12. Religion...the POISON of MANKIND! shame she lives so far away...people like her I actually ENJOY telling off.

    Posted by: Disgusted American | Jul 10, 2008 11:53:32 AM


  13. This is what you'd call a "tangled web". Their line of reasoning is "accommodation", which is more noted for enabling the handicapped to work in a regular office environment. That is, if a reasonable accommodation can be made, such as using another registrar to perform the service, then the officials should have done so. Instead, they chose to make an example to her, and in Britain, it is illegal to disparage religious beliefs (no first amendment for them!). However, there is no reasonable argument on her behalf that her assignment violated her beliefs, so I suspect the precedent is bad. ("I can't do this clerical work, boss, it violates my religious beliefs!") In the US, accommodation cases are rare.

    Posted by: anon | Jul 10, 2008 12:01:40 PM


  14. Oops, "...make and example OF her..."

    Posted by: anon | Jul 10, 2008 12:03:02 PM


  15. So, basically, the council ruled that a secular office, in providing a secular service, must make special accommodation for religion in the refusal to provide that secular state service.

    Don't want to do your job? Get a new job.

    Posted by: MAJeff | Jul 10, 2008 12:19:11 PM


  16. Girlfriend has a paint-by-number seascape on her wall. Kinda says it all, doesn't it?

    Posted by: Christopher | Jul 10, 2008 12:32:42 PM


  17. The point everyone has missed, including the UK Tribunal, is that it's not gay marriage - it's civil partnerships. Nowhere is God or the Bible mentioned in the ceremonies - so what's her problem?

    Posted by: Luke Kenedy | Jul 10, 2008 12:48:05 PM


  18. Do Lillian Ladele's Christian beliefs also extend to refusing to marry anyone who is divorced and whose former spouse is still living? As with most Christians, her faith is selective, discriminatory and self-serving. It's painful to see someone who may have been the object of discrimination herself turn and discriminate against others.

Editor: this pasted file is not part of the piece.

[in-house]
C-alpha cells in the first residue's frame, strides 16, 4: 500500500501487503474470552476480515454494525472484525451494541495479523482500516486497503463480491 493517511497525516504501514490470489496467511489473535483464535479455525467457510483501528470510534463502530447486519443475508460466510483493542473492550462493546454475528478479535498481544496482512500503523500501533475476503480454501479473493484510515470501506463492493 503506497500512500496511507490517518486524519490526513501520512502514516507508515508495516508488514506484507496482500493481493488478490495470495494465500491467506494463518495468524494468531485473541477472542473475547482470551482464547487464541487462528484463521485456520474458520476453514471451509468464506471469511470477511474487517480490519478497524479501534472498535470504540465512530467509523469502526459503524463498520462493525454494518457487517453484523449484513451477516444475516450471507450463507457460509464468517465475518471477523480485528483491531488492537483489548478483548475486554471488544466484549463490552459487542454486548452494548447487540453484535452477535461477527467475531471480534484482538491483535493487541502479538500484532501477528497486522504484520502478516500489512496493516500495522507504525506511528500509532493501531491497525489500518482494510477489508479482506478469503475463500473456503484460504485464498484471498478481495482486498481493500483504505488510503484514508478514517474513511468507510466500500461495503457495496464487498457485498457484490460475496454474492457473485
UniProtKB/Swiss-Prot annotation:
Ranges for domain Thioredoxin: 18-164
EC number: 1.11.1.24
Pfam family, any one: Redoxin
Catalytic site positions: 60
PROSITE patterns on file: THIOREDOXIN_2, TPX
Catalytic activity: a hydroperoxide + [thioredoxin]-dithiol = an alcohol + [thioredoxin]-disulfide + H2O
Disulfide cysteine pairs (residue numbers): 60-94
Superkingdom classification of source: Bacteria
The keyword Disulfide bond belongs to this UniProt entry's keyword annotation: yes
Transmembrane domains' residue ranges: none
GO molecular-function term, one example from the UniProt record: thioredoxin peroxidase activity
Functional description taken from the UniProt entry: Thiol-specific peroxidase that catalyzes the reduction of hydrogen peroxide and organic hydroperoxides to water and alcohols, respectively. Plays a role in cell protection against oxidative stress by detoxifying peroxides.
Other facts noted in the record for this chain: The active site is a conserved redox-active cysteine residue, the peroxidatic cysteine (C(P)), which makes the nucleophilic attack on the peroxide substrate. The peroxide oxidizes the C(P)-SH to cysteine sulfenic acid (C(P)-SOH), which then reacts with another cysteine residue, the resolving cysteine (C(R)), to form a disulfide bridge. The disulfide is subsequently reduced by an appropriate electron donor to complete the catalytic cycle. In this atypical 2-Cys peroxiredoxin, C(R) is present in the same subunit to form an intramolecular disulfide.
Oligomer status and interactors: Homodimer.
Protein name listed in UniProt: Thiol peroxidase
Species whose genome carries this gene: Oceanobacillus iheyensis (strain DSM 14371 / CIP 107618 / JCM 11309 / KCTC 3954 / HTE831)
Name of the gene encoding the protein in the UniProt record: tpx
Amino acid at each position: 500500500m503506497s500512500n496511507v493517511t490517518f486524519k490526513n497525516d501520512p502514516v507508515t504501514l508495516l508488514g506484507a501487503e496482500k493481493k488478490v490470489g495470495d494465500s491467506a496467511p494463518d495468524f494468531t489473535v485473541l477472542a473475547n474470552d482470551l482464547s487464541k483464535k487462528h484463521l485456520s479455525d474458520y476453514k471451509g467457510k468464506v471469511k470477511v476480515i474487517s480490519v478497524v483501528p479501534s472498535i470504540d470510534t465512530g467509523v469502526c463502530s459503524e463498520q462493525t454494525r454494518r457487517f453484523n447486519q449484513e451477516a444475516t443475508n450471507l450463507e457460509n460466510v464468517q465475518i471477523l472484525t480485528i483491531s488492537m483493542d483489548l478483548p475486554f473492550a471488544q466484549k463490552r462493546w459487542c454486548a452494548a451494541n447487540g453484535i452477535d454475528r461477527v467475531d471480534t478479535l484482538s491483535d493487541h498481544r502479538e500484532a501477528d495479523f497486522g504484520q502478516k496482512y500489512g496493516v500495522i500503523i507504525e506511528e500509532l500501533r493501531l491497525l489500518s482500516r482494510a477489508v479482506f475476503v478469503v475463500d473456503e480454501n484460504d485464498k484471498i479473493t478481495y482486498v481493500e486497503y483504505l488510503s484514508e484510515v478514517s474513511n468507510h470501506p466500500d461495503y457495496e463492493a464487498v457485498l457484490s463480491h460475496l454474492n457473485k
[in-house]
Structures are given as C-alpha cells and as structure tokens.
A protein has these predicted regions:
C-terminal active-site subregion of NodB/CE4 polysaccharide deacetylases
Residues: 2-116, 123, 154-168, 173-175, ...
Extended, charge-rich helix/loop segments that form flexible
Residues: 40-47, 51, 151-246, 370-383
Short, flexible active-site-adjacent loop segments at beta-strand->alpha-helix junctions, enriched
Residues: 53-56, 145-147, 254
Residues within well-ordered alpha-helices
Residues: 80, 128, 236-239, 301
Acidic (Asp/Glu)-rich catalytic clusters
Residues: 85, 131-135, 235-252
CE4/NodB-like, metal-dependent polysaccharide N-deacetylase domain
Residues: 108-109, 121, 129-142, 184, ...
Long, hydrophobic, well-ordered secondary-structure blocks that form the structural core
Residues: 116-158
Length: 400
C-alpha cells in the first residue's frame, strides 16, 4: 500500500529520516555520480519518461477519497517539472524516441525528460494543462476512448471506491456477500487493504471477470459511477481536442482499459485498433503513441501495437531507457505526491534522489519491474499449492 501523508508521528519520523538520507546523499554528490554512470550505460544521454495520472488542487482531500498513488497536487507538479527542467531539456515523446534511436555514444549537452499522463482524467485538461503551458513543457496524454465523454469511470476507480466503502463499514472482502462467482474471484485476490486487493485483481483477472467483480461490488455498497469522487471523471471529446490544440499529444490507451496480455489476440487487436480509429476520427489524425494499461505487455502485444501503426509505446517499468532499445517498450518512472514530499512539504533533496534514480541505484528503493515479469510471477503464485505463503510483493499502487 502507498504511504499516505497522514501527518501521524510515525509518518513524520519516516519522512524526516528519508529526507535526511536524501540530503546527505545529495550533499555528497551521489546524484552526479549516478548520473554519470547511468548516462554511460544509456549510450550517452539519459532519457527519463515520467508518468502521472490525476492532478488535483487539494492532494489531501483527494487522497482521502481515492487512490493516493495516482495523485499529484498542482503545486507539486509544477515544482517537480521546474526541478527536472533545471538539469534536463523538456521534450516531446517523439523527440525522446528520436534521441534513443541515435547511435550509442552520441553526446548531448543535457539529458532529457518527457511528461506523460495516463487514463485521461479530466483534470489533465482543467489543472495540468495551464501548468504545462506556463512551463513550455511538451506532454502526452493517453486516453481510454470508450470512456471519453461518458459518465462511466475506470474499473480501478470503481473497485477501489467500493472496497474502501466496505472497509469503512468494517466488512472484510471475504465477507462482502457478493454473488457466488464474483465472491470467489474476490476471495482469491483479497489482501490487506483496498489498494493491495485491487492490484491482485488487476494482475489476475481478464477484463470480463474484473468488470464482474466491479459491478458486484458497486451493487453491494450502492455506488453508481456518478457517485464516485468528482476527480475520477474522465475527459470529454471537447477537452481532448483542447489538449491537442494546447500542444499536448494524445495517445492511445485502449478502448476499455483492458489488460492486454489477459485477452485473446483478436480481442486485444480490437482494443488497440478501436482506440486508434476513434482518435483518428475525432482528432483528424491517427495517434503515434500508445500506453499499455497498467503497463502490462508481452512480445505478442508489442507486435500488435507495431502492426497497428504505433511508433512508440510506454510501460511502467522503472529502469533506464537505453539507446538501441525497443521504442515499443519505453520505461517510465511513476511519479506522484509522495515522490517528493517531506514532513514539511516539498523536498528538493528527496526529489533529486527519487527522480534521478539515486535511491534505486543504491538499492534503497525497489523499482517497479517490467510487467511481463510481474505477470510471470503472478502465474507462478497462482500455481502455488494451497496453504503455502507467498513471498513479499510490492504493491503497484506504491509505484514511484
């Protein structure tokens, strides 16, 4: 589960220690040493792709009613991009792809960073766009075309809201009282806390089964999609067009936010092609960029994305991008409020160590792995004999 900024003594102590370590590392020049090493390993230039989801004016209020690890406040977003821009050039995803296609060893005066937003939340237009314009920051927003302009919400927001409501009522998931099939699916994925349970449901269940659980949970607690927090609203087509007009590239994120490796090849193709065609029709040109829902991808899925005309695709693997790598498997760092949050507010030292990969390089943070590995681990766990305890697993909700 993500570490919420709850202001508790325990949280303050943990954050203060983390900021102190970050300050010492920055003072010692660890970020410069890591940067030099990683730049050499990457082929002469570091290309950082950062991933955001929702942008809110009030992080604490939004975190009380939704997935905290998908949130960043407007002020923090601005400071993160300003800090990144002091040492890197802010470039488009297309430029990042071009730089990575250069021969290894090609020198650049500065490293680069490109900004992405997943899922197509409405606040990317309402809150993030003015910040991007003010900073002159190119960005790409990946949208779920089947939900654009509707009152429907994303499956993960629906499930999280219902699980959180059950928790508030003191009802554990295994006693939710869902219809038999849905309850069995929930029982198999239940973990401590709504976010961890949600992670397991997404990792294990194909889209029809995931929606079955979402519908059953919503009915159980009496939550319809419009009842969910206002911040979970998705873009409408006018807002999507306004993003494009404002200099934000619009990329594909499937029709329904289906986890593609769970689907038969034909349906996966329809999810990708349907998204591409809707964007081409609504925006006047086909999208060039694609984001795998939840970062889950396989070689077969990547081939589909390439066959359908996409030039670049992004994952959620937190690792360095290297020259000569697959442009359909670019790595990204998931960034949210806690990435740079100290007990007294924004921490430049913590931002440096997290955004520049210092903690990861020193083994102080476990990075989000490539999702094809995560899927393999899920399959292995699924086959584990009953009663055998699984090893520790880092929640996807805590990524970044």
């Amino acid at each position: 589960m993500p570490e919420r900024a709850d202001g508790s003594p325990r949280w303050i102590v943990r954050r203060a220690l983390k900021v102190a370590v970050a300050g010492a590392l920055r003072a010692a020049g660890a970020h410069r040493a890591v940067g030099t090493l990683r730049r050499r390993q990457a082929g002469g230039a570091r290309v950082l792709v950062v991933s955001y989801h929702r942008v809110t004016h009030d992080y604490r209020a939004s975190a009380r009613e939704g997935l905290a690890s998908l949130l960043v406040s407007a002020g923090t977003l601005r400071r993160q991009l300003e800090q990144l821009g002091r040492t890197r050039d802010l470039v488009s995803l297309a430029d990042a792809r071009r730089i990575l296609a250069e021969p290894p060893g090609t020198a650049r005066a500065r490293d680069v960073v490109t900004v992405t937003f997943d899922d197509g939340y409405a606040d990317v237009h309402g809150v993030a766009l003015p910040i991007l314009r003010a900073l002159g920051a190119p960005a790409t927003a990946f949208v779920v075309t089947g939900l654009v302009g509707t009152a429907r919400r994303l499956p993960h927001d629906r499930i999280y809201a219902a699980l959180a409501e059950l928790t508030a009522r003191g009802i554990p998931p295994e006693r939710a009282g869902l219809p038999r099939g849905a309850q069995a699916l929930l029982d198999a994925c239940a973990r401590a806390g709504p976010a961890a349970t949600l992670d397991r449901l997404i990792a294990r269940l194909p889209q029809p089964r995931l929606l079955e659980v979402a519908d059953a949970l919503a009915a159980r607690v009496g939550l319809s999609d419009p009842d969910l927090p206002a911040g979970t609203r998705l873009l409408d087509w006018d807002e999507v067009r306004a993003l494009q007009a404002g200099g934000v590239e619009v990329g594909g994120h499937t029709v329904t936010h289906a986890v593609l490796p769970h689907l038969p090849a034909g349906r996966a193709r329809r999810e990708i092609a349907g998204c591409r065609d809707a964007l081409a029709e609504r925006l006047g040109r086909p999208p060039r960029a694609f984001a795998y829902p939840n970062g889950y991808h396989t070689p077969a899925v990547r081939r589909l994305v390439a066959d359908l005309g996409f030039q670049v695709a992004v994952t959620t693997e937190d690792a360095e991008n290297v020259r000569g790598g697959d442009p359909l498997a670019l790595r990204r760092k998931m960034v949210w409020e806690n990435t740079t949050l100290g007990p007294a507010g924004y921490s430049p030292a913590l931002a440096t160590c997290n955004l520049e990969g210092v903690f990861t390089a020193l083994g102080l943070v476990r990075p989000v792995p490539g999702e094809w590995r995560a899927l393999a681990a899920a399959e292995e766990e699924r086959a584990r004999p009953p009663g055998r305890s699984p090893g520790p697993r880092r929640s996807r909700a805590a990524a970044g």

Posted by: Jeff Atwood | Jul 10, 2008 1:08:16 PM


  19. Right, Luke, et al. If it's against your religion to perform a secular government service which happens to be your job, find a new job.

    Her canning is due to insubordination, plain and simple (or, should be). If "orthodox" anybody believes their government has thrown 'em a big middle finger for this reason or that, then so be it. Don't work for that government. Just go pray for it, or whatever.

    The rest of us have equality to strive for.

    Posted by: JeffRob | Jul 10, 2008 1:14:52 PM


  20. I'm a McDonald's employee but its against my religious beliefs to serve their food to customers because its practically murder by trans fats. God says the body is a temple and I can't reconcile my beliefs with serving deadly food to people. I don't want to lose my job for my religious beliefs, that would obviously be discrimination. So can't I just keep my job and McDonald's changes its entire menu to be in accordance with my personal beliefs? I think that seems fair.